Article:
How will Sage adapt to seismic shift to SaaS?

UK software firm Sage recognises the need to change if it is to continue enjoying the success that made it part of the furniture among UK businesses.

UK business software firm Sage is a company that needs to change if it is to continue enjoying the success that made it part of the furniture among UK businesses.

The name Sage is synonymous with business software. It could be argued that its accounting software has been as much a part of UK offices as Microsoft Office.

But things have changed with the availability of applications on the web, and competition is rife. Suppliers such as Netsuite have targeted Sage customers with their software as a service (Saas) for over half a decade.

Sage's UK CEO, Paul Stobart, says the company has changed, but the perception is that it hasn't. And that is a big concern for Sage.

"The truth is that we are very creative and leading-edge, but people tend to think we are conservative," says Stobart. "We need to get the message across that Sage is a brand not only of today, but tomorrow. [At the moment] I don't think it is seen as such."

The company is aware of the seismic changes occurring in the industry, he says, and has been addressing this shift.

"It is undoubtedly the case that we are in the middle of a massive and potentially disruptive paradigm shift to the cloud. Many people have the perception that Sage is behind the curve, but the reality is different. We've been making substantive investment to migrate our services into the cloud."

Stobart says the next year will be a major challenge. He admits organic growth has been affected by the recession, and with spending forecasts still low, there is no reason to believe it will be easy next year. "Margins will continue to be under pressure."

Acquisition has played a big part in Sage's more recent growth story, although it has had a hiatus over the past few years. Combine this with poor organic growth and it is perhaps not surprising that Stobart is keen to return to this strategy. "We are absolutely looking to get back on the acquisition trail," he says. "It's a part of what we do - it's in our DNA."

Wendy Hart, technology partner at Grant Thornton, says companies will be gearing up in the next quarter to expand their SaaS and cloud computing business streams.

Larger companies such as Sage don't need to acquire for more scale, but may need specialist capabilities. There is also the question of fulfilling shareholder value, Hart says.

Private equity firms are also starting to circle this space. Research from Ernst and Young found that private equity-driven M&A activity in the UK tech sector doubled in the third quarter compared with the previous three months. Stobart says it is unlikely the company will get every deal it goes after.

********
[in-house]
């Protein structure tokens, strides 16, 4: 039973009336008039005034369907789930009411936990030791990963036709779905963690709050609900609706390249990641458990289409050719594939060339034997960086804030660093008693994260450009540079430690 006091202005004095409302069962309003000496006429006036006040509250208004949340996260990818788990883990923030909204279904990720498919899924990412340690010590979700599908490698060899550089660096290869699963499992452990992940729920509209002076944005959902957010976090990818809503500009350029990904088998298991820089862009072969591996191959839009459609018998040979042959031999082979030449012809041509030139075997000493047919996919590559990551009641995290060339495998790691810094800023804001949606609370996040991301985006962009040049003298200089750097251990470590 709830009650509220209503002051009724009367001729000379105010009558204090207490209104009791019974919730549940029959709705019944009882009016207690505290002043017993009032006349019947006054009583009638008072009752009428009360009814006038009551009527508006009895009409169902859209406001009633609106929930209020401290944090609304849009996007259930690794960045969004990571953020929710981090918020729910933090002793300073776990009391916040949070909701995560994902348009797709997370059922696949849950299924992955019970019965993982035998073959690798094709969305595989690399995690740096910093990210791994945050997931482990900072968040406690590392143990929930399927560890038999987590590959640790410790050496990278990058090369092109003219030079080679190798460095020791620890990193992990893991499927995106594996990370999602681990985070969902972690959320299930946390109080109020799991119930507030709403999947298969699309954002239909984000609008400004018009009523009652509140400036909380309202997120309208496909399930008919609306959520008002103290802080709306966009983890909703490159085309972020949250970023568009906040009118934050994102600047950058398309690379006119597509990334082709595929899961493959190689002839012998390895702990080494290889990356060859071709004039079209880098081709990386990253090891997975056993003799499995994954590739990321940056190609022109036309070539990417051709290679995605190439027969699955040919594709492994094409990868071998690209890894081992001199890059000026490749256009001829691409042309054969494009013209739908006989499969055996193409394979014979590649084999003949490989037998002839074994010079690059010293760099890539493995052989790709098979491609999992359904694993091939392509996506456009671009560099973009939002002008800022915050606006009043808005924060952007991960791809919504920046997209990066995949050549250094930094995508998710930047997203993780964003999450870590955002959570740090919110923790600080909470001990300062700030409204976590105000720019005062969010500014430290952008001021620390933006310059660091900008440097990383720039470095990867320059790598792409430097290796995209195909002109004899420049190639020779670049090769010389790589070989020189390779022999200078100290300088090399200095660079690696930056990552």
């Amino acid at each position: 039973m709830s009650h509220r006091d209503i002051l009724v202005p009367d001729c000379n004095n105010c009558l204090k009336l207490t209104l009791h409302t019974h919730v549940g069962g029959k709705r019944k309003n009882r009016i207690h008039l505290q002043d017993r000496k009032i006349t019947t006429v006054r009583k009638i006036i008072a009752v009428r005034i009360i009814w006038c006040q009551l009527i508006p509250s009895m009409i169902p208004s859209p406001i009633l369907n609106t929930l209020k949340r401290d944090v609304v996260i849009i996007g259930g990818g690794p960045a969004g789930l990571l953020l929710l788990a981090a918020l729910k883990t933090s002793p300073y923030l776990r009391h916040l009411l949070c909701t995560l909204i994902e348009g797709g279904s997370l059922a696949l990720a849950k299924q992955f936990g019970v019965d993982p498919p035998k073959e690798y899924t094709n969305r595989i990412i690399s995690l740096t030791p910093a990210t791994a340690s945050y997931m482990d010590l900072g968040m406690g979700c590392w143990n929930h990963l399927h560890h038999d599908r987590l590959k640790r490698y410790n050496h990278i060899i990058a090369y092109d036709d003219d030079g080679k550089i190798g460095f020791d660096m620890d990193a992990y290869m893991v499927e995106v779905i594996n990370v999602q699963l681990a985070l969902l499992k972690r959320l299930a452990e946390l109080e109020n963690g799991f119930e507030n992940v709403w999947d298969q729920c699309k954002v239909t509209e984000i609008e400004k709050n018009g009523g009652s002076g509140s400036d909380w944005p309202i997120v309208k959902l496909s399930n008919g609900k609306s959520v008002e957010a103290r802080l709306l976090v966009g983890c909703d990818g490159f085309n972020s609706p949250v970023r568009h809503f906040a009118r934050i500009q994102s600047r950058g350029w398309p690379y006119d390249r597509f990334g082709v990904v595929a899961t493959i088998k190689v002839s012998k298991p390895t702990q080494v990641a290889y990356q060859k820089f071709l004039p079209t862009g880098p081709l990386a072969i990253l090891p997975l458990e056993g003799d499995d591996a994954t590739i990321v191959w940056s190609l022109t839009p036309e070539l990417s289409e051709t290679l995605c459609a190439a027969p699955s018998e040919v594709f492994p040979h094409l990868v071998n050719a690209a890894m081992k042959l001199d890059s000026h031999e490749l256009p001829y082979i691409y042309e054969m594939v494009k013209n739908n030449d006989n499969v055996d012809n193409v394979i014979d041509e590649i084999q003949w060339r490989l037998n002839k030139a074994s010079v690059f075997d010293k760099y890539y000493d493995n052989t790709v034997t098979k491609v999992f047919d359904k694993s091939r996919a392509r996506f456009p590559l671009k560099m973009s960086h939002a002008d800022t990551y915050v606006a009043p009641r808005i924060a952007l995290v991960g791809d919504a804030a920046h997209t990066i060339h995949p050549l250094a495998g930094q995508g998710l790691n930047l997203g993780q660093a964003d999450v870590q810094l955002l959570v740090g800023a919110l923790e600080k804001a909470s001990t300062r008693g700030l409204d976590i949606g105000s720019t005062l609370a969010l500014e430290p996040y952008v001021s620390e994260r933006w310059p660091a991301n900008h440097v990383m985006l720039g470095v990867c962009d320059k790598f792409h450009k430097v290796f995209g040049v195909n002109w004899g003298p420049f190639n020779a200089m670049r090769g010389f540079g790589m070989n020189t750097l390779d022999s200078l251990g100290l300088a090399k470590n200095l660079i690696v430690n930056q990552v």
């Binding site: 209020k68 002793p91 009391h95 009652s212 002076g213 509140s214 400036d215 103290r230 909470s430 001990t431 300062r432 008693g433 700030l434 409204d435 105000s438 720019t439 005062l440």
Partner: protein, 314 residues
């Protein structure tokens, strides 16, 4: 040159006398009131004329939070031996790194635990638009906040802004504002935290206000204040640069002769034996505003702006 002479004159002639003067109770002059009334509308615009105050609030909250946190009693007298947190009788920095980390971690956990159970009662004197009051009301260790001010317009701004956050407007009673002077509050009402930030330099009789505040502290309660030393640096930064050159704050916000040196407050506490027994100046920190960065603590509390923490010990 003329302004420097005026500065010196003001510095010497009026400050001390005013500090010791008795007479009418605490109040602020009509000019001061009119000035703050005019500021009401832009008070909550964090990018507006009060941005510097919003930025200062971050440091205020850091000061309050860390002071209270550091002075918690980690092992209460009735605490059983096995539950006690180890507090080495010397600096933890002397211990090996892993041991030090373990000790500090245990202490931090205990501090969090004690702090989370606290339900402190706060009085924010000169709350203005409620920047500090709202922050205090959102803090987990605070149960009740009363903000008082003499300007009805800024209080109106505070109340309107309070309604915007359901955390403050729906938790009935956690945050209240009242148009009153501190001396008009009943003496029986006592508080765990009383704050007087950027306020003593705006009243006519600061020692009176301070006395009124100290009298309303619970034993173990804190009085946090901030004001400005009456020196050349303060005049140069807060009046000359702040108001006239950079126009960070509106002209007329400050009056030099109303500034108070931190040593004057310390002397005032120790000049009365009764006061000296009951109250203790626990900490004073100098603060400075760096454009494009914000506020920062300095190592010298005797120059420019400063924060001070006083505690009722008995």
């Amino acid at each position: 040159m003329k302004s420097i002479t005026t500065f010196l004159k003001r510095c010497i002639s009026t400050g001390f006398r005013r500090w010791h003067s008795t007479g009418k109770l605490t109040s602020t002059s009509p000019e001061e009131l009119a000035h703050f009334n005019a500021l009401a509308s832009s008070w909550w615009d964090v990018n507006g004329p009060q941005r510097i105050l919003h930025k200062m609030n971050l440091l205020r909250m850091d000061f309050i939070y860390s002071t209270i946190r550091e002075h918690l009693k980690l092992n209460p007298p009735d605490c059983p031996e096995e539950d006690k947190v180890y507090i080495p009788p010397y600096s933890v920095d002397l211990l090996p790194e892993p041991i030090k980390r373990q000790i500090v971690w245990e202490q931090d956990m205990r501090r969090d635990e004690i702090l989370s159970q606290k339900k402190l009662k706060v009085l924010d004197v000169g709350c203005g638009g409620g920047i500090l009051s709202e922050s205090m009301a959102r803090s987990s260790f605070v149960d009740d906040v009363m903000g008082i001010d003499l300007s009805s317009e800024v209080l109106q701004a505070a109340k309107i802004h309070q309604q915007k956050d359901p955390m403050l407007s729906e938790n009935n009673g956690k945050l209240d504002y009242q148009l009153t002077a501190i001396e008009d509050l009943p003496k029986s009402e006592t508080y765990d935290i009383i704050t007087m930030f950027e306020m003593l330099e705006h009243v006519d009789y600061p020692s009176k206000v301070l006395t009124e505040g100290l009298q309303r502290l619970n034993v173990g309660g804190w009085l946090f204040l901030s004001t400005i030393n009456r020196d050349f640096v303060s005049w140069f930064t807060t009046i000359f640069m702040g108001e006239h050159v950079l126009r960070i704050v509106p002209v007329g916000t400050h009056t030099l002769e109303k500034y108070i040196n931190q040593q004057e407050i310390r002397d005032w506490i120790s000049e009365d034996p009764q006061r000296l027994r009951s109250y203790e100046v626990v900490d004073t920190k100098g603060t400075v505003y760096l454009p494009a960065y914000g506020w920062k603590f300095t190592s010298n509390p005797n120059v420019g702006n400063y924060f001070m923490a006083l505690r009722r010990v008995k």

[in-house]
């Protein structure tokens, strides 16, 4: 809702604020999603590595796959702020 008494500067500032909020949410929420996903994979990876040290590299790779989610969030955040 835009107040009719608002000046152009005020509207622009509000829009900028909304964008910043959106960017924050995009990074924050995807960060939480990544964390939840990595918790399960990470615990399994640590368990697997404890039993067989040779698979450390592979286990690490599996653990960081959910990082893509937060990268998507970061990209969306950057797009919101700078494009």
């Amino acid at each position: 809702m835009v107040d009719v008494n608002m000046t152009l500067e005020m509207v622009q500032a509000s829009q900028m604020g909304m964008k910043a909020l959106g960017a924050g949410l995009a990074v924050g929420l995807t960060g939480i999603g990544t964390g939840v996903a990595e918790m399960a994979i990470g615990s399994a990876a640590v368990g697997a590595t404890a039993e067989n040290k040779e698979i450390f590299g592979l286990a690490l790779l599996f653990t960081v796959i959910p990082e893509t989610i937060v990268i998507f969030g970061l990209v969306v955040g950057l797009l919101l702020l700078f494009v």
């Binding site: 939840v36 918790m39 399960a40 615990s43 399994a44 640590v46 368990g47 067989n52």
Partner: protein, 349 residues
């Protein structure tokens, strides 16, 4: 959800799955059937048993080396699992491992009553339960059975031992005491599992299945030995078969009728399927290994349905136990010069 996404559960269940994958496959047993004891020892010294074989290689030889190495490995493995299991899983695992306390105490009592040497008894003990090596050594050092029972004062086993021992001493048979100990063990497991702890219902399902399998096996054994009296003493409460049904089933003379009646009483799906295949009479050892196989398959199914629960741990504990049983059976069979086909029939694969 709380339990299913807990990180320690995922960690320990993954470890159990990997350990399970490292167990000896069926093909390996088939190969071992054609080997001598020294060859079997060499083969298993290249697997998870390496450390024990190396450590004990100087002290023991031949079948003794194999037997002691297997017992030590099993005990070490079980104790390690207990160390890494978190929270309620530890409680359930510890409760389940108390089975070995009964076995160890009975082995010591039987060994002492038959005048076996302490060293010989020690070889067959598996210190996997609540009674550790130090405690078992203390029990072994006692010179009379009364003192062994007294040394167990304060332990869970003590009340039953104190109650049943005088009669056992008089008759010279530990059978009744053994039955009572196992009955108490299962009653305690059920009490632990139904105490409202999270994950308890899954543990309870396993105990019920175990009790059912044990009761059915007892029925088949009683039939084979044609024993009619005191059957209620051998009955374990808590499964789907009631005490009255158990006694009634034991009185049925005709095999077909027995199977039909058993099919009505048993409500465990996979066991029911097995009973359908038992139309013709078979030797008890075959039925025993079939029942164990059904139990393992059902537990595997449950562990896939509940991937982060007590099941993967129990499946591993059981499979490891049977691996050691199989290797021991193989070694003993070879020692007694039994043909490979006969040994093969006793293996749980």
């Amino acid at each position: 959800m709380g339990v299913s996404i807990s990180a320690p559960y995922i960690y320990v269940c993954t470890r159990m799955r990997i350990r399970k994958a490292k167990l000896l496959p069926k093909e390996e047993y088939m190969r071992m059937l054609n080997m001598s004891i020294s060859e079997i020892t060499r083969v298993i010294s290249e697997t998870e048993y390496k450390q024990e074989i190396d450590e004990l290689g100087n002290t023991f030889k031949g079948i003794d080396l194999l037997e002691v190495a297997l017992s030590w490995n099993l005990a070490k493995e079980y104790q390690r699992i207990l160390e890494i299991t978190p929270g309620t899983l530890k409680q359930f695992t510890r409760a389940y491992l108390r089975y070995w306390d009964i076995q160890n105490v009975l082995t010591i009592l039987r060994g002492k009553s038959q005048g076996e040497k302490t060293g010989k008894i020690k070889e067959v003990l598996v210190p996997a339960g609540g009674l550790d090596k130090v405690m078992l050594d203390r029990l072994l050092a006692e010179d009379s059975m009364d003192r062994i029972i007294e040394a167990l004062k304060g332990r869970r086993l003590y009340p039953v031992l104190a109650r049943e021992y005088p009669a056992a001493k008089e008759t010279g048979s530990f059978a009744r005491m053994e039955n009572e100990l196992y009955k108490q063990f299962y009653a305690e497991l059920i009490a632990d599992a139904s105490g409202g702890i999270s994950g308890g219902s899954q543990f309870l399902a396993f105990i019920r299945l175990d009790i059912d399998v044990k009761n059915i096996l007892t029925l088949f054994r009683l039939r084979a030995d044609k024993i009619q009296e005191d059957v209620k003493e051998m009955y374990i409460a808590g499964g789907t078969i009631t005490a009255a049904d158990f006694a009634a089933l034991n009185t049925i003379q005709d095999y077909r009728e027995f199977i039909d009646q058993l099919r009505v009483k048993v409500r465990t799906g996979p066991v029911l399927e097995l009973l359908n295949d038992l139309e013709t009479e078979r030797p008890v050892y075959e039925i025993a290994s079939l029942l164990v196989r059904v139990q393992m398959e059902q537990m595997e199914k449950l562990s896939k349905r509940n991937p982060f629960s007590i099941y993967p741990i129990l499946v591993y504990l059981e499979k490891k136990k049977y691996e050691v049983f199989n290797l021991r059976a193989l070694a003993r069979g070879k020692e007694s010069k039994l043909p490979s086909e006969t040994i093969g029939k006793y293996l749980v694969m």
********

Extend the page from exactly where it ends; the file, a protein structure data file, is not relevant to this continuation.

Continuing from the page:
And the emerging markets are not areas it is looking at. "We've said for a while that, when the time is right, they will represent a great opportunity," he says. "Until the infrastructure is such that it would be protected, it's a difficult game. We need to be secure in the knowledge that we are not going to get pirated to hell."

The SME market in China, Brazil and Russia will be a fantastic opportunity, Stobart adds.

But enterprise IT analyst Dennis Howlett is sceptical about Sage's plans going forward and says its growth strategy remains unclear.

"One of the question marks over an incumbent is can it make the move to SaaS, and I think the answer is yes," he says. "But this is something that Sage hasn't [yet] got its head around.

"The reality is that [business models that rely on up-front payments] have an issue in the current climate. And Sage is [still] suffering from an addiction to maintenance revenue."

But Hart disagrees, saying that Sage still holds a strong position in the market. "If Sage didn't make acquisitions in the next 12 months, it wouldn't die in the water," she says. "I'm sure it's more than capable of adjusting its models to SaaS."

Cloud-based applications currently provide minimal sales for the company, but Stobart is convinced this will soon expand. "If you added up all our offerings, it's still less than 10%," he says. "But over the next five to 10 years, it will absolutely grow and grow.

"We absolutely haven't reached saturation point. We have around 800,000 customers, but not actually that much revenue per customer spend. If you have a base that size and scale, and you can find a new offering, then the opportunity for growth is substantial."

One of Sage's biggest strengths is its brand recognition. But because much of its largely SME customer base continues to tighten its belt in the face of economic uncertainty next year, it will remain crucial to prove it has a value-for-money offering. If Sage manages to get that message across, its market position could remain healthy.

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